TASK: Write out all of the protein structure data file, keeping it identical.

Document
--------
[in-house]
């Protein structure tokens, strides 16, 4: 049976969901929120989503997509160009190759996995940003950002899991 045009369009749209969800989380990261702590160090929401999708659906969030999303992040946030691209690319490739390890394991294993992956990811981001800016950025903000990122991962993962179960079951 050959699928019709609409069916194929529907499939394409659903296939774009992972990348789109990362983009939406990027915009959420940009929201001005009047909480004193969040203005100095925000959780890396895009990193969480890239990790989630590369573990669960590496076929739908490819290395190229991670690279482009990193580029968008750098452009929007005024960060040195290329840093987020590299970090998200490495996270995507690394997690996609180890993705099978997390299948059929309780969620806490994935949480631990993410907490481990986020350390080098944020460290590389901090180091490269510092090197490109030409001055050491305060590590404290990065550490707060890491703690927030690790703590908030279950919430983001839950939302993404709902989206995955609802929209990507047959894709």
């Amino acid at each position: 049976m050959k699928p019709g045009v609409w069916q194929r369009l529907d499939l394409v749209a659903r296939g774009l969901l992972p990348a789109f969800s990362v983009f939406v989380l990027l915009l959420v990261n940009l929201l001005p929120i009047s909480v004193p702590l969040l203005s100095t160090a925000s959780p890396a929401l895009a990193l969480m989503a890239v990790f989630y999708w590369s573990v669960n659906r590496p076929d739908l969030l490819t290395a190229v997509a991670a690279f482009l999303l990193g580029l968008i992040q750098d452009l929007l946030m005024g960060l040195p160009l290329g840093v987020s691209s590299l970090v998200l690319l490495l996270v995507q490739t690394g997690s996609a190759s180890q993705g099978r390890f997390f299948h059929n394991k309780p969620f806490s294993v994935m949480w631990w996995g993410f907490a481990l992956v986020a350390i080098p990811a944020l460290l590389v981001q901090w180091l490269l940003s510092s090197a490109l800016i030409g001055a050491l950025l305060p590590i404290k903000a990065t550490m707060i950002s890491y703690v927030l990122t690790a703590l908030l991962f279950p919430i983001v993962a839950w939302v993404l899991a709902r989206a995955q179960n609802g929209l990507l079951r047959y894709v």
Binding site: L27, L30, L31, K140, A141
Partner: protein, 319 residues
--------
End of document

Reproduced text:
[in-house]
């Protein structure tokens, strides 16, 4: 049976969901929120989503997509160009190759996995940003950002899991 045009369009749209969800989380990261702590160090929401999708659906969030999303992040946030691209690319490739390890394991294993992956990811981001800016950025903000990122991962993962179960079951 050959699928019709609409069916194929529907499939394409659903296939774009992972990348789109990362983009939406990027915009959420940009929201001005009047909480004193969040203005100095925000959780890396895009990193969480890239990790989630590369573990669960590496076929739908490819290395190229991670690279482009990193580029968008750098452009929007005024960060040195290329840093987020590299970090998200490495996270995507690394997690996609180890993705099978997390299948059929309780969620806490994935949480631990993410907490481990986020350390080098944020460290590389901090180091490269510092090197490109030409001055050491305060590590404290990065550490707060890491703690927030690790703590908030279950919430983001839950939302993404709902989206995955609802929209990507047959894709």
């Amino acid at each position: 049976m050959k699928p019709g045009v609409w069916q194929r369009l529907d499939l394409v749209a659903r296939g774009l969901l992972p990348a789109f969800s990362v983009f939406v989380l990027l915009l959420v990261n940009l929201l001005p929120i009047s909480v004193p702590l969040l203005s100095t160090a925000s959780p890396a929401l895009a990193l969480m989503a890239v990790f989630y999708w590369s573990v669960n659906r590496p076929d739908l969030l490819t290395a190229v997509a991670a690279f482009l999303l990193g580029l968008i992040q750098d452009l929007l946030m005024g960060l040195p160009l290329g840093v987020s691209s590299l970090v998200l690319l490495l996270v995507q490739t690394g997690s996609a190759s180890q993705g099978r390890f997390f299948h059929n394991k309780p969620f806490s294993v994935m949480w631990w996995g993410f907490a481990l992956v986020a350390i080098p990811a944020l460290l590389v981001q901090w180091l490269l940003s510092s090197a490109l800016i030409g001055a050491l950025l305060p590590i404290k903000a990065t550490m707060i950002s890491y703690v927030l990122t690790a703590l908030l991962f279950p919430i983001v993962a839950w939302v993404l899991a709902r989206a995955q179960n609802g929209l990507l079951r047959y894709v």
Binding site: L27, L30, L31, K140, A141
Partner: protein, 319 residues